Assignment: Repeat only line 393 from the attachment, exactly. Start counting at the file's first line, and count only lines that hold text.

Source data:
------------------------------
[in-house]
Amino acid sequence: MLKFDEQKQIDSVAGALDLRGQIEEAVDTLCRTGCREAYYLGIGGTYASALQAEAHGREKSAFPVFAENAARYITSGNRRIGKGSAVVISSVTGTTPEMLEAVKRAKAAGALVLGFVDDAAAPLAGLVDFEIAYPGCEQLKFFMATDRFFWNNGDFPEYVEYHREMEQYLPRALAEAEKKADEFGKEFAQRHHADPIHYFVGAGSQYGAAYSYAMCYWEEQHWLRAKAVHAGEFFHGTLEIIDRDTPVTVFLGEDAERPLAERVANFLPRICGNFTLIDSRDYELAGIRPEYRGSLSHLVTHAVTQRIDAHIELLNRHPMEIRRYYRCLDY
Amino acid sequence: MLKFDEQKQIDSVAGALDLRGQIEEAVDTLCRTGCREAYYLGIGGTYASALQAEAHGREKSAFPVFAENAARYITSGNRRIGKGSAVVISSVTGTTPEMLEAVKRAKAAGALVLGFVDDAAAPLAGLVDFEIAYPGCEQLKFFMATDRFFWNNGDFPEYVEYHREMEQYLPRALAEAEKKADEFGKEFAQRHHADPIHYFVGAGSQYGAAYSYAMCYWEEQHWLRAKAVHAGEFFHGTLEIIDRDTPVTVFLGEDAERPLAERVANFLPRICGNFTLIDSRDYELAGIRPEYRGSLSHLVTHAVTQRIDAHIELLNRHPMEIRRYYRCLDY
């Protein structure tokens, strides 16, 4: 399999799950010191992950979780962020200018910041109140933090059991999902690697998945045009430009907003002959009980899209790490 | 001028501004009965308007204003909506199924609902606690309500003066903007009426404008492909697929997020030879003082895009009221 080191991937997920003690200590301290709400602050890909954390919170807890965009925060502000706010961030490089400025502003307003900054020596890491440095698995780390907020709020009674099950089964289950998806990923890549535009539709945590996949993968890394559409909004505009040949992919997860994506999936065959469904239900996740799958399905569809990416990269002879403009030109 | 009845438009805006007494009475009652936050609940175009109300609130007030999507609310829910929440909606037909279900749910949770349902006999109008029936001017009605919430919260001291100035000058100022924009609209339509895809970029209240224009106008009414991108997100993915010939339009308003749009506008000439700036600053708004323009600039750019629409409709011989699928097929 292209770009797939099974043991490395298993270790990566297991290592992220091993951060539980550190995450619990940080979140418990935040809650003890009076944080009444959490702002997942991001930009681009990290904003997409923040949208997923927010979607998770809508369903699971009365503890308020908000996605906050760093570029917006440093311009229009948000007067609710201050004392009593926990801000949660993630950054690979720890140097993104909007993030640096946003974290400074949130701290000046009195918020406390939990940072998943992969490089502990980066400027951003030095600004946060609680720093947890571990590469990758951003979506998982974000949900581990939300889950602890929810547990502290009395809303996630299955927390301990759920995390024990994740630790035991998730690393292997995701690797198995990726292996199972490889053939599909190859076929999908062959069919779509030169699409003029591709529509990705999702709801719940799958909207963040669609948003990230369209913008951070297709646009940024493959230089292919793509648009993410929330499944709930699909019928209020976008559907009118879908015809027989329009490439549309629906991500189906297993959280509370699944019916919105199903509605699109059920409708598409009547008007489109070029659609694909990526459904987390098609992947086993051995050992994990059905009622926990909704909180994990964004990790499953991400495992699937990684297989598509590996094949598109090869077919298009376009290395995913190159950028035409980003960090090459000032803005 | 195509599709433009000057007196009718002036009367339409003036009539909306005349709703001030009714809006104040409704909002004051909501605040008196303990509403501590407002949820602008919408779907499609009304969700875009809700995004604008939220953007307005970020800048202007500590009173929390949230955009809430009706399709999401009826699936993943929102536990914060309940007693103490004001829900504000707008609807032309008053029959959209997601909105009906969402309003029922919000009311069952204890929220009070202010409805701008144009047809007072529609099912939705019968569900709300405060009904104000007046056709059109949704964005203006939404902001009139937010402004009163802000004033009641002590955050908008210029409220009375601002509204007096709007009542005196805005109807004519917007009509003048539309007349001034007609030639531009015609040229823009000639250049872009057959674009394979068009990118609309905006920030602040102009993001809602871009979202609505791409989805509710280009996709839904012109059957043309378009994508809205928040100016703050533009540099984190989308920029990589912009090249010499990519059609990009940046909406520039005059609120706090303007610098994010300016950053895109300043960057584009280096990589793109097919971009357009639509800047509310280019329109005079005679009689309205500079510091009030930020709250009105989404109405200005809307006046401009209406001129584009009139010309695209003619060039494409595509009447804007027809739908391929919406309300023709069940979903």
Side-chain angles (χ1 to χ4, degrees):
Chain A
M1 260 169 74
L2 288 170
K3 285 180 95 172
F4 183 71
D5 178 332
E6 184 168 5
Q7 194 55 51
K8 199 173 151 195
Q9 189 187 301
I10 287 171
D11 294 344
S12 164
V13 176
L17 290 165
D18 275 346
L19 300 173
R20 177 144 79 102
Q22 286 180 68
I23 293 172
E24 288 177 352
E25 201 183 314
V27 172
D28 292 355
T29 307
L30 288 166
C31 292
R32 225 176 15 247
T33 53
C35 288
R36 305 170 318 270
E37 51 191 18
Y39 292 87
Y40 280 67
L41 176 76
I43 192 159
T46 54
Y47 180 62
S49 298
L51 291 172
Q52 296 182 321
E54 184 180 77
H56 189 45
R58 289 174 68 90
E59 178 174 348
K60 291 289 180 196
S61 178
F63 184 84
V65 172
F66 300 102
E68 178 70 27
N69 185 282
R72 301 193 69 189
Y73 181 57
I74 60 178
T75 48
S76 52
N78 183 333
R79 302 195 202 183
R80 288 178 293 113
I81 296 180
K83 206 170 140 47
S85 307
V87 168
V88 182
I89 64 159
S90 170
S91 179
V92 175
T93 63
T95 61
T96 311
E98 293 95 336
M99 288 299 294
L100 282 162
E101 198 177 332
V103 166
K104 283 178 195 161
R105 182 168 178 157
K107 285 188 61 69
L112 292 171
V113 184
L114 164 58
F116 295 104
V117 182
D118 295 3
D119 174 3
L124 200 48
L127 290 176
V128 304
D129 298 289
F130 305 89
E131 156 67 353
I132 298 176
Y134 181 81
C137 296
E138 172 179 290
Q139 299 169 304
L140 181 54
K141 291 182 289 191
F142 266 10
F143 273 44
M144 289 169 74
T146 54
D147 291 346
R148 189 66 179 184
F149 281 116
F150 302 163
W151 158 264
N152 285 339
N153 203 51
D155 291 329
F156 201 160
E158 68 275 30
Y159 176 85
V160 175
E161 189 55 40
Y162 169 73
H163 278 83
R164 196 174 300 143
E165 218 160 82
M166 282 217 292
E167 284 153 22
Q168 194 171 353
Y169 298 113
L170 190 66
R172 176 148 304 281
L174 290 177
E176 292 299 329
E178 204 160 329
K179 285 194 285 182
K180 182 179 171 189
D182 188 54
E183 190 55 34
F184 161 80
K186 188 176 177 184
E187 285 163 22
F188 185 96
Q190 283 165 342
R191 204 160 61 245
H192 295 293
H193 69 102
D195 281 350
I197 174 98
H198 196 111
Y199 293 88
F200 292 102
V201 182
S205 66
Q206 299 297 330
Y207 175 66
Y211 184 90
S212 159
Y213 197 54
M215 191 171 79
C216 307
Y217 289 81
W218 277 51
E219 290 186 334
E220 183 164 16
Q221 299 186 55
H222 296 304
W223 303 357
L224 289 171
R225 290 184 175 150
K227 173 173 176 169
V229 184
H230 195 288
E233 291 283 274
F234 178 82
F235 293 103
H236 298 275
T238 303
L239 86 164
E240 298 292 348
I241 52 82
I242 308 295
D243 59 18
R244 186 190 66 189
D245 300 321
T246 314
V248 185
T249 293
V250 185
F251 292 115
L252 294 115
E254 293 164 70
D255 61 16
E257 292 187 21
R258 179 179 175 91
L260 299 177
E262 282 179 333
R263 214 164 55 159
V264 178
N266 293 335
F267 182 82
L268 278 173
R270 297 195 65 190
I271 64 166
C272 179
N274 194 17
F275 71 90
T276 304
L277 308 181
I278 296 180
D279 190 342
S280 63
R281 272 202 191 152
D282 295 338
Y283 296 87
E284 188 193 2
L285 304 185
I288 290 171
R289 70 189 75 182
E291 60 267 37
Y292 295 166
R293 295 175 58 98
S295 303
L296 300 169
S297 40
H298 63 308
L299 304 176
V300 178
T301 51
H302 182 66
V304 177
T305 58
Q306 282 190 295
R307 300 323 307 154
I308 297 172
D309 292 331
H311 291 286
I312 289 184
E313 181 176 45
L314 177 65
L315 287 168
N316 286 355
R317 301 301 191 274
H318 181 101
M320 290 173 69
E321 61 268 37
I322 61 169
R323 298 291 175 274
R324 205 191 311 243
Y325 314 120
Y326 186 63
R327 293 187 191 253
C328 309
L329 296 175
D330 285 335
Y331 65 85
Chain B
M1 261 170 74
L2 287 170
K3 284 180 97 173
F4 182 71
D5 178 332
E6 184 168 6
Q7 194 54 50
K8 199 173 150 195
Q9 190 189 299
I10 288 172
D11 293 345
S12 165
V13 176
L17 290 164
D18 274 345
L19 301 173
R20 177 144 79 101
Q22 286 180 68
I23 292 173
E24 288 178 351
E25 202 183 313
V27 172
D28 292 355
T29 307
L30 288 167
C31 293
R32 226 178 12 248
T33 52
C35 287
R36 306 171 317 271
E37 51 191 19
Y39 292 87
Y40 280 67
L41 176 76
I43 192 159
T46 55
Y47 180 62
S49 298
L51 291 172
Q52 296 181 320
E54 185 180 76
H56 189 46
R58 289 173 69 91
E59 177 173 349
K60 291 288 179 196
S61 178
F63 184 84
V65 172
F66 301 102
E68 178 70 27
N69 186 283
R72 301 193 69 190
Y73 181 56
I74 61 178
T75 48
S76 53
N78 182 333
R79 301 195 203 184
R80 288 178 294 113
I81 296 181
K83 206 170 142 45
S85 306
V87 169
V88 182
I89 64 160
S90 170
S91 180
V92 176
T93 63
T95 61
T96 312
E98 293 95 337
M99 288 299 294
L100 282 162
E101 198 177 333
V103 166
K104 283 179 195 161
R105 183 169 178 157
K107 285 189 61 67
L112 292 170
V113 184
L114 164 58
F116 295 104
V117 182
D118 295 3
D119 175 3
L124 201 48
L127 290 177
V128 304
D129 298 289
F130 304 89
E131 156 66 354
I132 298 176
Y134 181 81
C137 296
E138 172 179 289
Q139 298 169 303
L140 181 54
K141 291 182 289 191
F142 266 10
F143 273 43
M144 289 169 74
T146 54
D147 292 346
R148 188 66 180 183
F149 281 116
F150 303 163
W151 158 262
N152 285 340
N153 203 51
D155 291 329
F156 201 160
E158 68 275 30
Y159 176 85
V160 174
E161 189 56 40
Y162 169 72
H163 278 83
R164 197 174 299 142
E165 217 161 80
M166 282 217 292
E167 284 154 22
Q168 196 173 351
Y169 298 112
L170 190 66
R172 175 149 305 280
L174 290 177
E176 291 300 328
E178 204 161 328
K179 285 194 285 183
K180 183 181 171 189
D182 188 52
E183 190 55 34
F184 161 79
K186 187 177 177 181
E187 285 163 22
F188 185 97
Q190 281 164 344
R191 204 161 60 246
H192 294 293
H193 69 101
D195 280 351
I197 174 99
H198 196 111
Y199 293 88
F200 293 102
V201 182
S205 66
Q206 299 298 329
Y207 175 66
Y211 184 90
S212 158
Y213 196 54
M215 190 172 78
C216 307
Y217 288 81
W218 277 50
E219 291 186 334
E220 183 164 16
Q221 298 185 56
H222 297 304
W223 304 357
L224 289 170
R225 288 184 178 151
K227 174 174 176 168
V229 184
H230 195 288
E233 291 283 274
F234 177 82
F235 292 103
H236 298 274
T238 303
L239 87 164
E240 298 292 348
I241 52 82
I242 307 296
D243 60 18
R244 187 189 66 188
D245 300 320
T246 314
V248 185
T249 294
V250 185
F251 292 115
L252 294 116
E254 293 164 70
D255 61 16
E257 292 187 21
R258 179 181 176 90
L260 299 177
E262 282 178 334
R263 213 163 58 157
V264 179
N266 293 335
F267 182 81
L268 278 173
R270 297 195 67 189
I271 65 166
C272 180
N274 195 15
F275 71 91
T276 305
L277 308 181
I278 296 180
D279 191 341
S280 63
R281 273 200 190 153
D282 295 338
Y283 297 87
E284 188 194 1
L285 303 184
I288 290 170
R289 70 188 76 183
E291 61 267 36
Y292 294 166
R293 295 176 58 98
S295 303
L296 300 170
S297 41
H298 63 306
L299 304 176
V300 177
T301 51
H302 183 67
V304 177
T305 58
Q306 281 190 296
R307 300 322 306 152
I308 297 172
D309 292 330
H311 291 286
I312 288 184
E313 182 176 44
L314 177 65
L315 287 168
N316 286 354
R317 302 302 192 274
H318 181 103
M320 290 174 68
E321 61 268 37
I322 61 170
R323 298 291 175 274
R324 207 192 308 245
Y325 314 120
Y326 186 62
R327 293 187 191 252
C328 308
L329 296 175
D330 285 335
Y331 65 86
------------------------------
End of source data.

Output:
E187 285 163 22